Is it not strange that man is so slow to admit the intellectual power the moral heroism of woman. How can he with the page of history spread out before him doubt her identity with himself. That there have been comparatively a greater proportion of good queens than of good kings is a fact stated by several historians.41  "Zenobia the celebrated queen of the East, is not exceeded by any king on record, for talent, courage, and daring ambition. The Emperor Aurelian while besieging her beautiful city of Palms, writes thus: The Roman people speak with contempt of the war I am waging with a woman. They are ignorant both of the character and the power of Zenobia." She was possessed of intellectual attainments very unusual in that age and was a liberal patron of literature and science. No contemporary sovereign is represented as capable of such high pursuits.42



Notes:

33 An "X" is lightly drawn across paragraph 21, though the text is retained in 1870.

34 Genesis 9:2. This paragraph leans on Grimke, Letters on the Equality of the Sexes, especially pages 10-11, 94-95.

35 Ephesians 5:22.

36 Elizabeth Cady Stanton closely follows the discussion in Grimke, Letters on the Equality of the Sexes 120-21 in this and the next paragraph.

37 1 Peter 3:7.

38 In 1870 sentence reads: "It is woman's mission to resist oppression wherever she may find it, whether at her own fireside, or on a Southern plantation, by every moral power within her reach." The plantation is removed from the next sentence about men.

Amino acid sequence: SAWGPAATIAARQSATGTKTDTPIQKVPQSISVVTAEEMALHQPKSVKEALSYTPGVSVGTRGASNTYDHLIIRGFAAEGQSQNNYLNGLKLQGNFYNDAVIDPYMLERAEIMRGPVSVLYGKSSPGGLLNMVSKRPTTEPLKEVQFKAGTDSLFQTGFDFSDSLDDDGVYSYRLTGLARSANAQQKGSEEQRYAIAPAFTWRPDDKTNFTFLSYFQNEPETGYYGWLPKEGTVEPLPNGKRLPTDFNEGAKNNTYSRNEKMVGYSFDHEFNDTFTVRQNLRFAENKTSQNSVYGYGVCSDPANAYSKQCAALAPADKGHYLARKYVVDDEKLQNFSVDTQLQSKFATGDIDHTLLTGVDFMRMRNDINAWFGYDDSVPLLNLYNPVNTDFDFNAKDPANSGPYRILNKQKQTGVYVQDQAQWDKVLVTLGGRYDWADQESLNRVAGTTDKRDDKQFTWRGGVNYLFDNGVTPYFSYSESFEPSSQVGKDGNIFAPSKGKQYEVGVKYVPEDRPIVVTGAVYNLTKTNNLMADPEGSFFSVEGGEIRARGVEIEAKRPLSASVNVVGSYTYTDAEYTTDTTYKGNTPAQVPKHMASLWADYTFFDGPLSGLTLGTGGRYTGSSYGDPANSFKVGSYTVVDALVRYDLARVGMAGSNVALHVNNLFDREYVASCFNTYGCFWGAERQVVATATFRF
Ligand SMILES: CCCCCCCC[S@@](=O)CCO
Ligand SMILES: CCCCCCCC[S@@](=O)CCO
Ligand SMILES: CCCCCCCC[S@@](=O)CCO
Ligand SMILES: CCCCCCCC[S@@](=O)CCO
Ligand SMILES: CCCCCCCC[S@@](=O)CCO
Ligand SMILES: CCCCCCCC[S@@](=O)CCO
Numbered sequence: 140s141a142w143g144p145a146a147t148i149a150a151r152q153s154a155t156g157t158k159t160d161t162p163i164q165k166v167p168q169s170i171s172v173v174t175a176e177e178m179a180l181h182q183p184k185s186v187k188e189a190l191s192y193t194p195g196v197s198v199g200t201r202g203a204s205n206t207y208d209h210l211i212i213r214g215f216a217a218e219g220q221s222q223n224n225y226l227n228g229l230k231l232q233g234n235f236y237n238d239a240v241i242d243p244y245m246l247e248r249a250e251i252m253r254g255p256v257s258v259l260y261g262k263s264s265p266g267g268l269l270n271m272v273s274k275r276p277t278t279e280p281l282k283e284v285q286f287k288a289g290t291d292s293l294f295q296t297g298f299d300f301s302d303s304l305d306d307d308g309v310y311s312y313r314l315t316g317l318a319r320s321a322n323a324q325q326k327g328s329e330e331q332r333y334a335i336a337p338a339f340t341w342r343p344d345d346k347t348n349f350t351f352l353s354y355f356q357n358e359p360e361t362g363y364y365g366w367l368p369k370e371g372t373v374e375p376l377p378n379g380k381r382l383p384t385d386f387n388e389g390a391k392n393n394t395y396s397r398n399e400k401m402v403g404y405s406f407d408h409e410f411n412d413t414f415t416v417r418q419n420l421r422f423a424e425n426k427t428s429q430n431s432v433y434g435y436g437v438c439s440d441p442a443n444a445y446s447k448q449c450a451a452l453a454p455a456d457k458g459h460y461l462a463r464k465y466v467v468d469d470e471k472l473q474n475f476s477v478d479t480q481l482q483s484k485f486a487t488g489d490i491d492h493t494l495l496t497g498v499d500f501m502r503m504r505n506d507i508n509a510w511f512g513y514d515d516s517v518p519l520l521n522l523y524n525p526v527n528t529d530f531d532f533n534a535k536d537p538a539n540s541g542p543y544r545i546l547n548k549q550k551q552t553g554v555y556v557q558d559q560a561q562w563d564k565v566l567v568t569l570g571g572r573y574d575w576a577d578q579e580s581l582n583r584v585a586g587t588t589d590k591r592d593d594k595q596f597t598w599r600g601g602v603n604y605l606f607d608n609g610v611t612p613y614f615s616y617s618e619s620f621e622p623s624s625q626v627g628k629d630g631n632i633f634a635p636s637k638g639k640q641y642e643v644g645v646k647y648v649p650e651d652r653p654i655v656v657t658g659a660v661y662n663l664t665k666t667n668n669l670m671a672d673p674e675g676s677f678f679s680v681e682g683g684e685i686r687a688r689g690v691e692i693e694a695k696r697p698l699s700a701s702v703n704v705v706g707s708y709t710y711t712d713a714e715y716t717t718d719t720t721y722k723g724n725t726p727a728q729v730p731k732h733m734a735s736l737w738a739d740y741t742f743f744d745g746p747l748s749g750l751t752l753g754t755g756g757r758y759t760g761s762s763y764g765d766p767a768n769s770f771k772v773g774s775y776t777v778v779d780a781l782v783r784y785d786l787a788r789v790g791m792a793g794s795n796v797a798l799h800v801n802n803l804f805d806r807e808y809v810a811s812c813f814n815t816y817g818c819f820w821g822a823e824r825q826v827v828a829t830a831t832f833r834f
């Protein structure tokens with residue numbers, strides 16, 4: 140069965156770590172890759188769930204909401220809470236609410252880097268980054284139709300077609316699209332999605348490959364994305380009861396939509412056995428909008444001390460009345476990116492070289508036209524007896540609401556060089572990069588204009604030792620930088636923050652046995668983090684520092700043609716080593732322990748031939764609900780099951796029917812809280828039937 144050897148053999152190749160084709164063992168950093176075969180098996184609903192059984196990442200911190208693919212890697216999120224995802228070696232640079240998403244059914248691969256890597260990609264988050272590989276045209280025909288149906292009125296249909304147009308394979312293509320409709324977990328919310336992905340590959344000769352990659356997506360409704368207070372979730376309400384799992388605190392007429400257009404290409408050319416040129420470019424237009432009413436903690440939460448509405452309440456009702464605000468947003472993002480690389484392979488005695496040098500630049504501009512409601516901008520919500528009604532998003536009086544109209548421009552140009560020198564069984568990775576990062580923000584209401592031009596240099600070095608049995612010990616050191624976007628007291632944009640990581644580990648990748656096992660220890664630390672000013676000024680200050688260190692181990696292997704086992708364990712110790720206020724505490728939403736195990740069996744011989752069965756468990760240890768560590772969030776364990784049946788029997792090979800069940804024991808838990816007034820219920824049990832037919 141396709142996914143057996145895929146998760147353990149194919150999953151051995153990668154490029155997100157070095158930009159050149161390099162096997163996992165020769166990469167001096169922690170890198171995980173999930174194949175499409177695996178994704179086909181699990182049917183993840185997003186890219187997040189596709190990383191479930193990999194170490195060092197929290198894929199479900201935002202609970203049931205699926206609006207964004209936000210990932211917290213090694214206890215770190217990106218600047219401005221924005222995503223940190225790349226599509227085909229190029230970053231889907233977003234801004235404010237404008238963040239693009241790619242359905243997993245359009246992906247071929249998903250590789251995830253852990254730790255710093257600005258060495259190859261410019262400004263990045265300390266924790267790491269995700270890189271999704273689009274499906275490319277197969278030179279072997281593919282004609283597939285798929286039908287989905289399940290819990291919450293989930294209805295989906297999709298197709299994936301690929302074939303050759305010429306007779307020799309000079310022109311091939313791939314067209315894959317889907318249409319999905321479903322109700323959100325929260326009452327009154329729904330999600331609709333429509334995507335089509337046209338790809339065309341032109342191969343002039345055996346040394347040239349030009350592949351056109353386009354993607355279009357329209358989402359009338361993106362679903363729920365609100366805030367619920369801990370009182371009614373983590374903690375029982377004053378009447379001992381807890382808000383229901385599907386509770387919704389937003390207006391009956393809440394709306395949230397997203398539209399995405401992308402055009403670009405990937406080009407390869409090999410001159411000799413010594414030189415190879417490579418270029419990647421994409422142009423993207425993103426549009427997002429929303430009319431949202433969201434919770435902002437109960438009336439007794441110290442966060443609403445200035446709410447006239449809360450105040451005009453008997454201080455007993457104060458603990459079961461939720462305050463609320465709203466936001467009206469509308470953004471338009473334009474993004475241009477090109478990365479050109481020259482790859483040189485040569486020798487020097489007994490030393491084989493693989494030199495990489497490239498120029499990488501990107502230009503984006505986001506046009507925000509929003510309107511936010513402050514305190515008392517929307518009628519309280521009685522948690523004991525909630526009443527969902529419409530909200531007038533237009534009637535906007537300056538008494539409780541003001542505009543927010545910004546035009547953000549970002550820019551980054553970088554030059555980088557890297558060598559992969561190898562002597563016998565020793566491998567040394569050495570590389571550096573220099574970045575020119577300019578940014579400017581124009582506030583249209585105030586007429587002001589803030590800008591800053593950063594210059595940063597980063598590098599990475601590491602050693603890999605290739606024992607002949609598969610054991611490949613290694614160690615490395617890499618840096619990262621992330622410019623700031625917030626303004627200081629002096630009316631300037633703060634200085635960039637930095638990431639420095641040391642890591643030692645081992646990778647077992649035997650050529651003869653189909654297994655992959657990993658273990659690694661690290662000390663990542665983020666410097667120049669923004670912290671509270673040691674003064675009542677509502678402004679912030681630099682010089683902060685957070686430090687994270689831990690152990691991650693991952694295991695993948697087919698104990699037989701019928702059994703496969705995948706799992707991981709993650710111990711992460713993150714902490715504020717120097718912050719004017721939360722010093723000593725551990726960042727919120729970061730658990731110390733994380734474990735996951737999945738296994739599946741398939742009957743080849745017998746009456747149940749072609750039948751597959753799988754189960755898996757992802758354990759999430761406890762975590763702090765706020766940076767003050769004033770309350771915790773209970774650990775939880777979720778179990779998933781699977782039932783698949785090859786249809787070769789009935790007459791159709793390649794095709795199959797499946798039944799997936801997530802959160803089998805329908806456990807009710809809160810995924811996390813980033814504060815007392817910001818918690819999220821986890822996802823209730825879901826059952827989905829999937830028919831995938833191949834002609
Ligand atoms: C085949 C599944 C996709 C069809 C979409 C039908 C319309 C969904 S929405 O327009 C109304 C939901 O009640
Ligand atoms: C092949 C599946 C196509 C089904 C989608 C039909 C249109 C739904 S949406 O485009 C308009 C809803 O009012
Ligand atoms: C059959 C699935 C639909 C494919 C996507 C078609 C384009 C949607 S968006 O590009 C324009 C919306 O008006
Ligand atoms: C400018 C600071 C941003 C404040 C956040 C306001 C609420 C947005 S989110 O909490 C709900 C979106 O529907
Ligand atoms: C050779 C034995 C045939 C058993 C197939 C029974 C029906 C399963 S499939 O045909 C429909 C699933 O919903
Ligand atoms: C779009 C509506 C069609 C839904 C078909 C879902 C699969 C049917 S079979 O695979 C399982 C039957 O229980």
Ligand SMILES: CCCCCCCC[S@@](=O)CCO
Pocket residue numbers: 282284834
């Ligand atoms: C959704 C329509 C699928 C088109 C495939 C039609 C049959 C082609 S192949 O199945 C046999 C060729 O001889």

39 Here in 1870 is added: "but are not his sorrows all written in the book of the immortal Caudle, written by his own hand, that all may read and pity the poor man, though feeling all through that the hapless Mrs. Caudle had, after all, many reasons for her continual wail for substantial grief." She refers to Mrs. Caudle's Curtain Lectures, written by Douglas Jerrold for the British magazine Punch and published in book form in 1845.

40 Sentence added at end of paragraph in 1870: "Let us then have no fears that this movement will disturb what is seldom found a truly united and happy family."

41 Sentence from Child, History of the Condition of Women, 2:206.

42 Zenobia, queen of Palmyra, came to the throne after the death of her husband and conquered Egypt, but the Roman Emperor Aurelian defeated and captured her in 272. Child praised her as "the most remarkable among Asiatic women," but omitted Aurelian's well-known tribute (1:30-31). Elizabeth Cady Stanton could find it in the classic textbook, Emma Willard, Universal History in Perspective, 12th ed. (New York, 1854), 158. She also consulted Samuel L. Knapp, Female Biography; Containing Notices of Distinguished Women, in Different Nations and Ages (New York, 1834).